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Thanks for the input William, Stuart and I discussed the cover and neck cover in our correspondence, While i am by no means an expert on elastic, i mentioned to Stuart I used to collect WW1 Aviation Militaria and still have in my possession several pairs of goggles from that period all but one have retained their elasticity albiet none are in the condition that the elastic on this helmet cover is in...l am warming to Stuarts suggestion its been replaced at some point, although looking at the stitching, I can see no break in the original thread where it might have been replaced.. Initially I put the helmet under a blacklight to see the covers were not made of modern materials and certainly nothing glows under the blacklight...I know that's not a definitive test, but at least its not made of polyester!... I'll try and get some close ups of the point where the elastic joins the neck piece and hopefully get some more opinions on it then. Please do post any photos you can find of anything, when it comes to foreign service helmets, i am totally out of my depth, it appears to be a minefield and buying one from photographs on eBay certainly made my heart miss a beat. Stuarts been a fountain of knowledge and his enthusiasm for these helmets is certainly infectious... hes started me thinking maybe just one more foreign service helmet for my collection wouldnt go amiss....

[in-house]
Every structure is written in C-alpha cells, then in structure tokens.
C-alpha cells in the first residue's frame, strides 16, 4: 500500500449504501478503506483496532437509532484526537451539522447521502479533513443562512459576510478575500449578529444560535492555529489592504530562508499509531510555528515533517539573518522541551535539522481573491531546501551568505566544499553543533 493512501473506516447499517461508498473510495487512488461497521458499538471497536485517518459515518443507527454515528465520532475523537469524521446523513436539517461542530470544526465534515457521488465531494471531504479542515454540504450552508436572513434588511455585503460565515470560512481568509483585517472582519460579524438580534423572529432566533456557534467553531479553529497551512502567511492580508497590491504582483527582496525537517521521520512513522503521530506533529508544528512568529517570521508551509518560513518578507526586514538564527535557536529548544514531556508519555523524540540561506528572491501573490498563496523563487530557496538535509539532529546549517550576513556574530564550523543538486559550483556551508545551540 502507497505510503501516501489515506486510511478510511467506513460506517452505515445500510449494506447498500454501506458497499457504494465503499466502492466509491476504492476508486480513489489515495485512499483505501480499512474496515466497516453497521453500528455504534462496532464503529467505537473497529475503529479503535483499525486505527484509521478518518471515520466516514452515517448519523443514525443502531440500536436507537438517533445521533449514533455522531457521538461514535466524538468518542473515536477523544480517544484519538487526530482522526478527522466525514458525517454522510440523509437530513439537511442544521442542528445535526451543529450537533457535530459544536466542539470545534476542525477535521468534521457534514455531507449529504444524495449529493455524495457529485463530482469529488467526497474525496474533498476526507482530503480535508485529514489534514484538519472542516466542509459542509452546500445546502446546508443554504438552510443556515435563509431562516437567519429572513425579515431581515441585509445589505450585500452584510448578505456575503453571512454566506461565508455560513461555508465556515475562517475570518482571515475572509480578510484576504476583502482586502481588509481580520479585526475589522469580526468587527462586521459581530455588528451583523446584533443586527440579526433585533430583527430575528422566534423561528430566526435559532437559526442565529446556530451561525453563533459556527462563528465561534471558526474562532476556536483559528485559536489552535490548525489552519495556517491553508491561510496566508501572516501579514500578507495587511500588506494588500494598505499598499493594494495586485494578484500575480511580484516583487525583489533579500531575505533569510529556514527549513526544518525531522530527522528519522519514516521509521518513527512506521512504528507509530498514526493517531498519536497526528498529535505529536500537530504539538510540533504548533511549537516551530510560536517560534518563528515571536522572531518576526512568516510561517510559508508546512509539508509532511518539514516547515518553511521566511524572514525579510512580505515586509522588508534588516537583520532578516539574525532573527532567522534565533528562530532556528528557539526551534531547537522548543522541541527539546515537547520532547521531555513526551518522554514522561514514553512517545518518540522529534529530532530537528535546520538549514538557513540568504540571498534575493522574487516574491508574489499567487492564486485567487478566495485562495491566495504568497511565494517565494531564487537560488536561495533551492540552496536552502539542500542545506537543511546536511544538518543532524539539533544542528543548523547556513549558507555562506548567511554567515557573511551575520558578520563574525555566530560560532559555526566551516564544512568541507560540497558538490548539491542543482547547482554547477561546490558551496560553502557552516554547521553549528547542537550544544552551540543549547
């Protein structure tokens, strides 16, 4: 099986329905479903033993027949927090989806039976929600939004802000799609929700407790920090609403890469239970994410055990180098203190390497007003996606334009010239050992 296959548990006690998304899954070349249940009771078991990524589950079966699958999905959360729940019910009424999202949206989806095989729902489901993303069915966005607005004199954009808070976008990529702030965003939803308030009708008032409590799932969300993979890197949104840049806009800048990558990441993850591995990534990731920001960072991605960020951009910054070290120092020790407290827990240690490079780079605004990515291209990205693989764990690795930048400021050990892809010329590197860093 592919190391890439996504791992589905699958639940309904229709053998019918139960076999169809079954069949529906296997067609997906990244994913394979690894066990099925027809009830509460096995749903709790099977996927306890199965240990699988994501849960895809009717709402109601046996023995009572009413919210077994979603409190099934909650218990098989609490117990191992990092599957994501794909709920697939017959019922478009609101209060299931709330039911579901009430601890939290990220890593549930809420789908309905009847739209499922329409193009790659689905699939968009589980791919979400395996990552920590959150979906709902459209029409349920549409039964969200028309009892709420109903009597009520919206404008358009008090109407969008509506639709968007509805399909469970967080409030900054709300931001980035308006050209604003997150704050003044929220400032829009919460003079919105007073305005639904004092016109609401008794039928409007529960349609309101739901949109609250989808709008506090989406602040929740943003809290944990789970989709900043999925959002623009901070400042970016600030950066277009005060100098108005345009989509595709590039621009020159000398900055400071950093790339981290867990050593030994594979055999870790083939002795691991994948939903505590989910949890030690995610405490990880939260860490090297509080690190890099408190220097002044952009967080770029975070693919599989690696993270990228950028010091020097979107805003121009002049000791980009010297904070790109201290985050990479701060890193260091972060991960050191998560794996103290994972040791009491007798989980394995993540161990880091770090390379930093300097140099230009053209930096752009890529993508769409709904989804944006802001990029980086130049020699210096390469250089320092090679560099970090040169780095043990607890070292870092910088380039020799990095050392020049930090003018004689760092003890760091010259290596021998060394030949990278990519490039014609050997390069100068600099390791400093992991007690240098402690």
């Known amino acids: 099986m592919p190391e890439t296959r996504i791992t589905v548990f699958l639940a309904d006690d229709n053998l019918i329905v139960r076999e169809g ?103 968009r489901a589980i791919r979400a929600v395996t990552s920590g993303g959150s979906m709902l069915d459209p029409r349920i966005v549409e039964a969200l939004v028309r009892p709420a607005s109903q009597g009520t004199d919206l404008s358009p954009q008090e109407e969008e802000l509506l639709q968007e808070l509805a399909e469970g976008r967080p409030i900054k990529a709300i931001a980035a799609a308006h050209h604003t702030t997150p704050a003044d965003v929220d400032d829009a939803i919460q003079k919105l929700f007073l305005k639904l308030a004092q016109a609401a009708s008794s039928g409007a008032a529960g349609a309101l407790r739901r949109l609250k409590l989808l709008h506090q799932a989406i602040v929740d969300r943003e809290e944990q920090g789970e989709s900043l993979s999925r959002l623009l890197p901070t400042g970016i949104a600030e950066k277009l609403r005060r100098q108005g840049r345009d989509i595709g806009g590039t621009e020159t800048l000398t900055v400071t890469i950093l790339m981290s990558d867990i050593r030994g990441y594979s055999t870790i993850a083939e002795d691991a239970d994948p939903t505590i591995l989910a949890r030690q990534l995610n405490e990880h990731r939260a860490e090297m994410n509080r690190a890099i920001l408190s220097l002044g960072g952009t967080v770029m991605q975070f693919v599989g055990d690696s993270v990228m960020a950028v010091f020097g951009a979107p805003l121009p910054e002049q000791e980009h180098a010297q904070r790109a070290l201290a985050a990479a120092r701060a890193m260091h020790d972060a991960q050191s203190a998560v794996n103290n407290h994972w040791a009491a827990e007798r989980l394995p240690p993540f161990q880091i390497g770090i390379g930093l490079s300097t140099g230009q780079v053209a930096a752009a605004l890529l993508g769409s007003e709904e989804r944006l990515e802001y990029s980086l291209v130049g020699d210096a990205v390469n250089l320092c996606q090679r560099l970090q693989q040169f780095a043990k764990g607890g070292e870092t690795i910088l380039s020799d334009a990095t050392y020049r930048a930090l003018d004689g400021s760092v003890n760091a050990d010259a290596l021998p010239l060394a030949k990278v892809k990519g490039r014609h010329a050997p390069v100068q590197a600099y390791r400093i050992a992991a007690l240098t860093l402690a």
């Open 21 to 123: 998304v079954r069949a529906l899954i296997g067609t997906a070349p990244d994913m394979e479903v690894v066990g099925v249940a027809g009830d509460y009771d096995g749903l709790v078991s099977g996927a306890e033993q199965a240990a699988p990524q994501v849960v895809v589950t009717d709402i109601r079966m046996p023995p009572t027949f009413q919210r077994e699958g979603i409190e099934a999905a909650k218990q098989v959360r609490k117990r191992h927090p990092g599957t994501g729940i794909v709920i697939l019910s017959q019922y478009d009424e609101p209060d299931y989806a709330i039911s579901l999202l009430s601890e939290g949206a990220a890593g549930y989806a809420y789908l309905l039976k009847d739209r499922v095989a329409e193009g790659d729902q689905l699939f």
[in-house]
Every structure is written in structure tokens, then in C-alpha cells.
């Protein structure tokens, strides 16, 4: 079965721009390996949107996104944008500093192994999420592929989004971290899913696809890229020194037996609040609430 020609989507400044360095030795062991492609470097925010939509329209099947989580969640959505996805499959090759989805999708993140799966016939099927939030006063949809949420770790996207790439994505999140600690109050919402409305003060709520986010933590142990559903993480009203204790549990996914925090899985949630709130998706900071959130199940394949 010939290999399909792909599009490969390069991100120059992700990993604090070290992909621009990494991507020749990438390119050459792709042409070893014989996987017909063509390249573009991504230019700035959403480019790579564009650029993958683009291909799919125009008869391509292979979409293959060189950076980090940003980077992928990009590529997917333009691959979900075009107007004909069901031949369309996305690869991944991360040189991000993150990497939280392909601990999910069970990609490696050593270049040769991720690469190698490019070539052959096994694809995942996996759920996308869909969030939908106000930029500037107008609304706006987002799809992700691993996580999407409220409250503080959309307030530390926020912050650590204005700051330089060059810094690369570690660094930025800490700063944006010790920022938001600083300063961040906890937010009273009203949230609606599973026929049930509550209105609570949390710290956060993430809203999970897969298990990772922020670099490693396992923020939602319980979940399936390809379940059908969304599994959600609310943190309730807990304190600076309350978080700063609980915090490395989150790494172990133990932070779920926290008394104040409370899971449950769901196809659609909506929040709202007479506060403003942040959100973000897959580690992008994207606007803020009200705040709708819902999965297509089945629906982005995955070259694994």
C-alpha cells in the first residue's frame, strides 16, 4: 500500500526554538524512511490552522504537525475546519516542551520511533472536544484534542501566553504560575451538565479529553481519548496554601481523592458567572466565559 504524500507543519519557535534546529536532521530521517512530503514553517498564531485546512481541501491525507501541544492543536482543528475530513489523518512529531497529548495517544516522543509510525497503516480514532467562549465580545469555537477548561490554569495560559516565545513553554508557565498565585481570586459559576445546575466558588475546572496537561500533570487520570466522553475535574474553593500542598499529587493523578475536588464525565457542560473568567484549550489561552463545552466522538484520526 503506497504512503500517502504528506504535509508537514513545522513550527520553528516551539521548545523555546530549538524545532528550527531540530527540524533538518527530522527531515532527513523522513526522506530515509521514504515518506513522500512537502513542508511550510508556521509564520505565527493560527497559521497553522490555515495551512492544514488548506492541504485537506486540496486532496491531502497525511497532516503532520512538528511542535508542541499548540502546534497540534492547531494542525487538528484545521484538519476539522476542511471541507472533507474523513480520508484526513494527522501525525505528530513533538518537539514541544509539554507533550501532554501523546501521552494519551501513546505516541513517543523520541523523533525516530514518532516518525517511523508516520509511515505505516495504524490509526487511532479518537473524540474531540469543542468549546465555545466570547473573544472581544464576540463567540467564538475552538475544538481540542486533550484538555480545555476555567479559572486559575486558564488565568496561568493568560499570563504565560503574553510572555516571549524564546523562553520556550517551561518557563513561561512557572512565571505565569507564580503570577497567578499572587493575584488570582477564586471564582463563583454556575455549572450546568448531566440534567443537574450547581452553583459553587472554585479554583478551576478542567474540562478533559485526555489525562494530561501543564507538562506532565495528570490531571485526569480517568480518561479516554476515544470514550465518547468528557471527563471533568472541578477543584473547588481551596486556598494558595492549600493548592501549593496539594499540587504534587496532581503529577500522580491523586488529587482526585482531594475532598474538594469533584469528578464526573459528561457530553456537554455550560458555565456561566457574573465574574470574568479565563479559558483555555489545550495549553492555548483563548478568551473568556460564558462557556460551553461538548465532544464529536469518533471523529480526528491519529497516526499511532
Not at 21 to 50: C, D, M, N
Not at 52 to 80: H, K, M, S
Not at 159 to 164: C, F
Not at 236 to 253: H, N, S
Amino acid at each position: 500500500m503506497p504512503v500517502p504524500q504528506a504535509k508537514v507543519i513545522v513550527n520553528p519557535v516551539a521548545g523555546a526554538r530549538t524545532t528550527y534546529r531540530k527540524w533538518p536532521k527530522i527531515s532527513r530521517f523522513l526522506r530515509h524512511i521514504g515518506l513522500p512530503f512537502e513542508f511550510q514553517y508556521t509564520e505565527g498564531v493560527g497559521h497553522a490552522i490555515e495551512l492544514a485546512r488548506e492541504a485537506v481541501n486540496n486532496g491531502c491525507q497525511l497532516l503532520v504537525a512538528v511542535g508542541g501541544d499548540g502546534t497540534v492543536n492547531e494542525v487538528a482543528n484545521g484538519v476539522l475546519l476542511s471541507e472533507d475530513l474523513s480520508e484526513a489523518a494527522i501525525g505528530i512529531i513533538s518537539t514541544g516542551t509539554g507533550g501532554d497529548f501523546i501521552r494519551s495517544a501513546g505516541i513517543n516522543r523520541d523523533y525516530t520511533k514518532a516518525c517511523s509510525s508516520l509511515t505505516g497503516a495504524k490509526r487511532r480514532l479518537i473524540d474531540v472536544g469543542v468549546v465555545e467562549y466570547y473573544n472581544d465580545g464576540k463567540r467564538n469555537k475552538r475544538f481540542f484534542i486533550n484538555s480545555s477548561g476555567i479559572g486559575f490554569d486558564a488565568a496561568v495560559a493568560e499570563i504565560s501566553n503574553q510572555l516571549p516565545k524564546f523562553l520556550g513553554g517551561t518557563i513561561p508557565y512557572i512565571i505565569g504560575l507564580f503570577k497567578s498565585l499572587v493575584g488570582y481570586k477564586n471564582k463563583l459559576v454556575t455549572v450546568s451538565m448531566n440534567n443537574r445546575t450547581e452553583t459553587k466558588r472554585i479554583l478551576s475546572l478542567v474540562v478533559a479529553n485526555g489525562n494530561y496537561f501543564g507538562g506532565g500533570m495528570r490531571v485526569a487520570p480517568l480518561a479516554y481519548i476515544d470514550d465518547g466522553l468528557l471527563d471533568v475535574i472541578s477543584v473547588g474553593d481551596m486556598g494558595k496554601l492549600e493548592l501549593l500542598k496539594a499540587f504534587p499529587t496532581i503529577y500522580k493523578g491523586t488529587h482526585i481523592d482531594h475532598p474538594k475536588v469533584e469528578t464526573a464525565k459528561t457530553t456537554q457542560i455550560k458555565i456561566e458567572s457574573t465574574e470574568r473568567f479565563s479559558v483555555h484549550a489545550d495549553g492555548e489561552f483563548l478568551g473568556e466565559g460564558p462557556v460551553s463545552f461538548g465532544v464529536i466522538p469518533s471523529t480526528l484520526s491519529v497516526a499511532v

cheers all.

Jock

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A minefield indeed. I have just seen a Canadian cover to an officer's helmet which features 4 panels and the 1" band. I have asked Clive if he will post it just to muddy the waters.